import shutil

def on_exception_func(exception):
    print(f"Exception occurred: {exception}")

shutil.rmtree('/non_existing_dir', onexc=on_exception_func)


Python’s sqlite3 module in Python 3.12 has been enhanced with the following features:

  • Command-line interface (CLI): Provides an interactive shell for SQLite database management.
  • sqlite3.Connection.autocommit: New attribute and parameter in sqlite3.connect() for controlling PEP 249-compliant transaction handling.
  • sqlite3.Connection.load_extension(): New entrypoint parameter for overriding the SQLite extension entry point.
  • sqlite3.Connection.getconfig() and sqlite3.Connection.setconfig(): New methods for making configuration changes to a database connection.
import sqlite3

# Create a new SQLite database in memory
conn = sqlite3.connect(':memory:')
cursor = conn.cursor()

# Set autocommit mode to True
conn.autocommit = True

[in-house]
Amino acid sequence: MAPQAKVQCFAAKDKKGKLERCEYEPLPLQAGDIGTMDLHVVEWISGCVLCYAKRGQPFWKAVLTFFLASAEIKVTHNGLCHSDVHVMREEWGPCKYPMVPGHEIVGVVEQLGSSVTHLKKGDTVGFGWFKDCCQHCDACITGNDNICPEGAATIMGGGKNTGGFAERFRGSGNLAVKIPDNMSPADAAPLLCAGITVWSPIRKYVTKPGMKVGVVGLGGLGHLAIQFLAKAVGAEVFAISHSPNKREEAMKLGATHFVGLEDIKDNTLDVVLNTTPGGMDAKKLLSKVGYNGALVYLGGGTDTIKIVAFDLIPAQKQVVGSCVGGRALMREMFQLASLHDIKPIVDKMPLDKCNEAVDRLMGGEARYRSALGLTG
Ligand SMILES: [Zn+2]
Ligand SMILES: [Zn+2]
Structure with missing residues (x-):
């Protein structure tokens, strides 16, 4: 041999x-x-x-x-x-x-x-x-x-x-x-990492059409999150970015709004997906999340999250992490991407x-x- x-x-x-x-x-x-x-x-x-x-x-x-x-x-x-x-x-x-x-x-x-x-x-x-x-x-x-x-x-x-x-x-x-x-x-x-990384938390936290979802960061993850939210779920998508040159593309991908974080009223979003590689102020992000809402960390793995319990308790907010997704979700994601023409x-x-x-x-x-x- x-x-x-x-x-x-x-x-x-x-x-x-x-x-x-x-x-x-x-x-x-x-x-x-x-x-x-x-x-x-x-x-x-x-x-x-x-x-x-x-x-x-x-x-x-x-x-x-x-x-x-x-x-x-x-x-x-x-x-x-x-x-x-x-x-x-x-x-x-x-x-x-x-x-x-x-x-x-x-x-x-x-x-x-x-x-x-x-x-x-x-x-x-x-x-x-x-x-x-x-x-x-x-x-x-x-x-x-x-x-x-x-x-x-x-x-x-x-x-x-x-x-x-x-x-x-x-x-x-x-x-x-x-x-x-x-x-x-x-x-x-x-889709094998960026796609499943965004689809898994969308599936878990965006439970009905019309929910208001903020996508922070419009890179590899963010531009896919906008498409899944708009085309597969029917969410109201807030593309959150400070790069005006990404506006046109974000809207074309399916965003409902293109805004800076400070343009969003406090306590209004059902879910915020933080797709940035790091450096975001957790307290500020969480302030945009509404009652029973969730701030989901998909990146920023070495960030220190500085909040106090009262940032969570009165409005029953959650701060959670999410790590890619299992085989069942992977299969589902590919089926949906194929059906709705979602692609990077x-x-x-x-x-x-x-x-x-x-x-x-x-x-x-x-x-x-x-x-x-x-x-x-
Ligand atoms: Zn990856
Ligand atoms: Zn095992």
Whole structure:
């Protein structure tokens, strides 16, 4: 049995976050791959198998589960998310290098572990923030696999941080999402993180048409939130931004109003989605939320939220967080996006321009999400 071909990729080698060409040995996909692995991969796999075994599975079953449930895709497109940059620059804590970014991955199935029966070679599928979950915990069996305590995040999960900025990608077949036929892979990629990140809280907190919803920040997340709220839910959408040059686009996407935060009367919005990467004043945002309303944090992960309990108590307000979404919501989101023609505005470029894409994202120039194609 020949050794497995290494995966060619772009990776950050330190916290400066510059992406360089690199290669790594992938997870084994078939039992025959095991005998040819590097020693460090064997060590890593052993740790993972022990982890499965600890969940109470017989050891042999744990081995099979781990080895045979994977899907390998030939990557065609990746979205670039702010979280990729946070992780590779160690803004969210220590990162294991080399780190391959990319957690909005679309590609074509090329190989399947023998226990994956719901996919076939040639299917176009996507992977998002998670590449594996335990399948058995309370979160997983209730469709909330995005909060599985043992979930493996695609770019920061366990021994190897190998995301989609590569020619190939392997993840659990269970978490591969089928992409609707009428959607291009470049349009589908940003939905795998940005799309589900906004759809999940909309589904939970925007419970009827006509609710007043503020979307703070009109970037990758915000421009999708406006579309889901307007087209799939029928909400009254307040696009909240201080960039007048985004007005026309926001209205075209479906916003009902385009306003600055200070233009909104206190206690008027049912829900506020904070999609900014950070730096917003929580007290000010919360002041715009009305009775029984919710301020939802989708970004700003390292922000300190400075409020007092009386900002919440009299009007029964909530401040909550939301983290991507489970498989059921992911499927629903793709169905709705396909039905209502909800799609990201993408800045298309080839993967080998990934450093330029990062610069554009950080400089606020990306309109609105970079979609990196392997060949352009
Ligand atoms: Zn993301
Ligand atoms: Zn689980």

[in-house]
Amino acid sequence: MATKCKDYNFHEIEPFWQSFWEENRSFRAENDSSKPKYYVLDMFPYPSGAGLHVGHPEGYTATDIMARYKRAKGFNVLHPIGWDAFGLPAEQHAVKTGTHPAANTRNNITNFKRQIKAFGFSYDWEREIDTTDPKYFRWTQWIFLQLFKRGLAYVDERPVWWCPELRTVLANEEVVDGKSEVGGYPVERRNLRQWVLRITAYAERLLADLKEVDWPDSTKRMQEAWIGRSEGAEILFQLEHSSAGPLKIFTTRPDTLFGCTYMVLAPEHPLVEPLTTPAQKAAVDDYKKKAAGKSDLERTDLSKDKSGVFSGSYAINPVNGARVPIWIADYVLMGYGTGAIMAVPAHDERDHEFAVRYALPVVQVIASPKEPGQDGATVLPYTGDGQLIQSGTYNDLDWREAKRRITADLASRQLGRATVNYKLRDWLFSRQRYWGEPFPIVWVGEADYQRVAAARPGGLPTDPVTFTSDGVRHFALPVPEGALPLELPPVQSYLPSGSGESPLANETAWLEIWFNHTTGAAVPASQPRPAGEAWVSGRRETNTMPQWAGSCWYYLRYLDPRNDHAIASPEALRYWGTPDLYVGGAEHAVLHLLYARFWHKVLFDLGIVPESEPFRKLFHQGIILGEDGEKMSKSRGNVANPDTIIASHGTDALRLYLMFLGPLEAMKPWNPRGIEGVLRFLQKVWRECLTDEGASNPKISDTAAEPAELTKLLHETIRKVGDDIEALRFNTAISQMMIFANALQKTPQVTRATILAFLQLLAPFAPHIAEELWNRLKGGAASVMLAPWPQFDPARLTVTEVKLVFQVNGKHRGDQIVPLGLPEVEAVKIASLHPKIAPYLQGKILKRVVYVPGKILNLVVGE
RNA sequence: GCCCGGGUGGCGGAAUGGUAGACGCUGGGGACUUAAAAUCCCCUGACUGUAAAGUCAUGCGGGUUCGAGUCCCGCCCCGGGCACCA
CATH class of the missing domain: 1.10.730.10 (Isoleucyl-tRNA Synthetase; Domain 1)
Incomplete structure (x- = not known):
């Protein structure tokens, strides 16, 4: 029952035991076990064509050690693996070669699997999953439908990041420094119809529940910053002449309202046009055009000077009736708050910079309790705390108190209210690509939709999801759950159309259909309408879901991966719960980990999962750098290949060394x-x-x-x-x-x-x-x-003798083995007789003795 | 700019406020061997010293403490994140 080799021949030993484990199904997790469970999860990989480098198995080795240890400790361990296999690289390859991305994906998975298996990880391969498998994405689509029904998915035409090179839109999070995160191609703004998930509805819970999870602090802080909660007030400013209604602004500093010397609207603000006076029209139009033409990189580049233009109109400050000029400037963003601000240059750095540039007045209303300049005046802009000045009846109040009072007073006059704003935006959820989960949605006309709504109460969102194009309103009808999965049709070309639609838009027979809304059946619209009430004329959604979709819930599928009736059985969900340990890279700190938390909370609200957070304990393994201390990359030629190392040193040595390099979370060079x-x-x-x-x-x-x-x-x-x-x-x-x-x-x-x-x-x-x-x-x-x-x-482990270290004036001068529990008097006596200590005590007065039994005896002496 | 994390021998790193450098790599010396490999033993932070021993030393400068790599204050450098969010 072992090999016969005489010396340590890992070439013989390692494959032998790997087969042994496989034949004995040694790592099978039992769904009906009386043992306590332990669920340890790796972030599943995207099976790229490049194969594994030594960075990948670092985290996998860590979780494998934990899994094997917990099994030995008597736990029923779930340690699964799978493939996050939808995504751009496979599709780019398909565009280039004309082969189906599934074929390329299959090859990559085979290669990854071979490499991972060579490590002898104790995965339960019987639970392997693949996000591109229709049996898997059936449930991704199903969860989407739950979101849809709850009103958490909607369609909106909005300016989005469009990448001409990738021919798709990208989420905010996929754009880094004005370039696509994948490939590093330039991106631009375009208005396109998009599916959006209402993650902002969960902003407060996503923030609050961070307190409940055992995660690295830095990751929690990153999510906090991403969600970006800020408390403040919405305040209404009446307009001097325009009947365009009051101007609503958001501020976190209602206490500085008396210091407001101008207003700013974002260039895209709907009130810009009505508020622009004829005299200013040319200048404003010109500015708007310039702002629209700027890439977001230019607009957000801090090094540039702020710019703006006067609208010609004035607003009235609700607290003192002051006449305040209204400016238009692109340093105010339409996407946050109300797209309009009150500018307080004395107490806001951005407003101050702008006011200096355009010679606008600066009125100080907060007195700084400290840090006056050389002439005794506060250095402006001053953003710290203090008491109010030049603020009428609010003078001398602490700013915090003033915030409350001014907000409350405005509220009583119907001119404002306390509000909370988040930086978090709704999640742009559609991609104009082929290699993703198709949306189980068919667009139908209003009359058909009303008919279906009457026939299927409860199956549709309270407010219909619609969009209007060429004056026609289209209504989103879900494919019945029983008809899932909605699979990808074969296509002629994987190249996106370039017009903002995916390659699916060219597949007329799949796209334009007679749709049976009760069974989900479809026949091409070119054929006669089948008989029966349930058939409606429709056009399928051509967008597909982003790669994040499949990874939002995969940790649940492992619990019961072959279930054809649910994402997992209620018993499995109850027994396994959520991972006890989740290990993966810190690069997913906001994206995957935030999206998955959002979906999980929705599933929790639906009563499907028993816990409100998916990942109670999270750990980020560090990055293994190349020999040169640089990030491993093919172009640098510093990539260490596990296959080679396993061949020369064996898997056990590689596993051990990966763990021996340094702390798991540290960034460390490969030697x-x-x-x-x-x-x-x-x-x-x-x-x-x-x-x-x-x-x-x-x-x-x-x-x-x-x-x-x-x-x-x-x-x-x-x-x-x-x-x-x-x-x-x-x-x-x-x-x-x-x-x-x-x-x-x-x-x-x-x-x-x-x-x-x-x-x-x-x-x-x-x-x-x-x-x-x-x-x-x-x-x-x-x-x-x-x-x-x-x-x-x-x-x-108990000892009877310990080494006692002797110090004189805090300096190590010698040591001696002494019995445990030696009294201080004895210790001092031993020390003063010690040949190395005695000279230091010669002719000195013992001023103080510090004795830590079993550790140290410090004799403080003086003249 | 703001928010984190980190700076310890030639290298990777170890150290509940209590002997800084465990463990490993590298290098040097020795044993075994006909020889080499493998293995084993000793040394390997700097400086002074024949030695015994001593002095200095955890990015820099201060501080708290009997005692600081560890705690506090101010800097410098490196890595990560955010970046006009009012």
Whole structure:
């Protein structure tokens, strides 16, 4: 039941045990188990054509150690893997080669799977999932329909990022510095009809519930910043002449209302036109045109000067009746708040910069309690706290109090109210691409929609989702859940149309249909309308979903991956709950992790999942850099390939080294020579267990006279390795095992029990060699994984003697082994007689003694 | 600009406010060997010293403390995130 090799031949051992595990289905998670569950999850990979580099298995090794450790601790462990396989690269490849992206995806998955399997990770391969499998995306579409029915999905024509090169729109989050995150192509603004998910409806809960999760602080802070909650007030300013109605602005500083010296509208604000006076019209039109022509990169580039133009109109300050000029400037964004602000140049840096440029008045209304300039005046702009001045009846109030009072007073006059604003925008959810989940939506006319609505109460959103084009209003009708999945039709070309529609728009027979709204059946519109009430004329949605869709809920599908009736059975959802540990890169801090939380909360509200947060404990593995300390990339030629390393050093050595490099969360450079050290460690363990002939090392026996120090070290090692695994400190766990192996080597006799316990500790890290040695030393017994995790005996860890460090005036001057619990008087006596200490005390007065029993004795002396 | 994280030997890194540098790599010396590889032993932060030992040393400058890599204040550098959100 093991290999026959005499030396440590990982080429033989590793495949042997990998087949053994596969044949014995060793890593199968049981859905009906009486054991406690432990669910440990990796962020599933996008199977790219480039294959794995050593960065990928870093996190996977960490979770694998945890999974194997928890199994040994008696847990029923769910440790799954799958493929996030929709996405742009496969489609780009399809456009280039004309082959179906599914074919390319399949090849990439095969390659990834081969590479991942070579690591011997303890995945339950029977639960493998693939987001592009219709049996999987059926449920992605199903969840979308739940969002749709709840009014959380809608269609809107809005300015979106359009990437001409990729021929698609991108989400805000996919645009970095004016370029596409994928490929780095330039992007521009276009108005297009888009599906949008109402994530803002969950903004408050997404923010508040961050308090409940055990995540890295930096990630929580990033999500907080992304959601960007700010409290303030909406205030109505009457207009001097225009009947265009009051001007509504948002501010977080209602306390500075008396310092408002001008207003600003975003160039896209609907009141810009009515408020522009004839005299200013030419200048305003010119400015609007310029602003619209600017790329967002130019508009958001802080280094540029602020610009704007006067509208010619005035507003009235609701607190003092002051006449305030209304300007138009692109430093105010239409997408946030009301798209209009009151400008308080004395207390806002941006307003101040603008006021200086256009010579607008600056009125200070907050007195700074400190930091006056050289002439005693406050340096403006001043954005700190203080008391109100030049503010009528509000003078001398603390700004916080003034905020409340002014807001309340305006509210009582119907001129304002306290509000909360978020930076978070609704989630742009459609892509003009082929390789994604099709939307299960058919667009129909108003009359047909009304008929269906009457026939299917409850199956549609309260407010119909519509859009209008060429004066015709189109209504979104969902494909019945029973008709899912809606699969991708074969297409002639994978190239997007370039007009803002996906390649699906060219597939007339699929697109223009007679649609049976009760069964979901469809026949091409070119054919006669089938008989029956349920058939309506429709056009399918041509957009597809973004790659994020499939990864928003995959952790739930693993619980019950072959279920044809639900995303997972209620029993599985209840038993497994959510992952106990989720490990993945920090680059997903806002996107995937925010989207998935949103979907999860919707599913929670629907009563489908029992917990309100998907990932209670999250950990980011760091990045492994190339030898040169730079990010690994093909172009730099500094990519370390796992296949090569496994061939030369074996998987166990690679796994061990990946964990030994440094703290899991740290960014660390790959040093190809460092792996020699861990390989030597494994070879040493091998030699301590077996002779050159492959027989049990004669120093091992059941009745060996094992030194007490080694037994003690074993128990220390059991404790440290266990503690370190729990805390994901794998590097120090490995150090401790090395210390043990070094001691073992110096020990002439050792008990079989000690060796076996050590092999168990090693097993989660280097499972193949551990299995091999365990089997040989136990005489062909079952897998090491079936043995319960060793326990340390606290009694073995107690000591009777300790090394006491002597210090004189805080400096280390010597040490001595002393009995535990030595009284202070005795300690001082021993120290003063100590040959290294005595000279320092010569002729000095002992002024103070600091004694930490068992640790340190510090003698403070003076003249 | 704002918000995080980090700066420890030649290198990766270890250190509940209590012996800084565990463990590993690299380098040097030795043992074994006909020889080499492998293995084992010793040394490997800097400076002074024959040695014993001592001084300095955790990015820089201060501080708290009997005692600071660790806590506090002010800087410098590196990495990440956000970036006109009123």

# Create a table
cursor.execute('''CREATE TABLE stocks (date text, trans text, symbol text, qty real, price real)''')

# Insert a row of data
cursor.execute("INSERT INTO stocks VALUES ('2006-01-05','BUY','RHAT',100,35.14)")

# Print inserted rows
cursor.execute("SELECT * FROM stocks")

# Close the connection


[('2006-01-05', 'BUY', 'RHAT', 100.0, 35.14)]


In this article we learned about how Python 3.12 is a game changer. Key highlights include the introduction of a per-interpreter Global Interpreter Lock (GIL), a refined type parameter syntax, improved error messages, and enhancements across various modules like asyncio, pathlib, and sqlite3. These updates make Python 3.12 a compelling choice for developers looking to leverage new features while maintaining compatibility and stability. As Python continues to evolve, these enhancements ensure it remains a powerful and versatile language for a wide range of applications.

Note: Following Python 3.12, the language has seen bugfix releases, with the much-anticipated Python 3.13 release planned for October 1, 2024.

You can also enroll in our free Python course today!

Ayushi Trivedi 21 May, 2024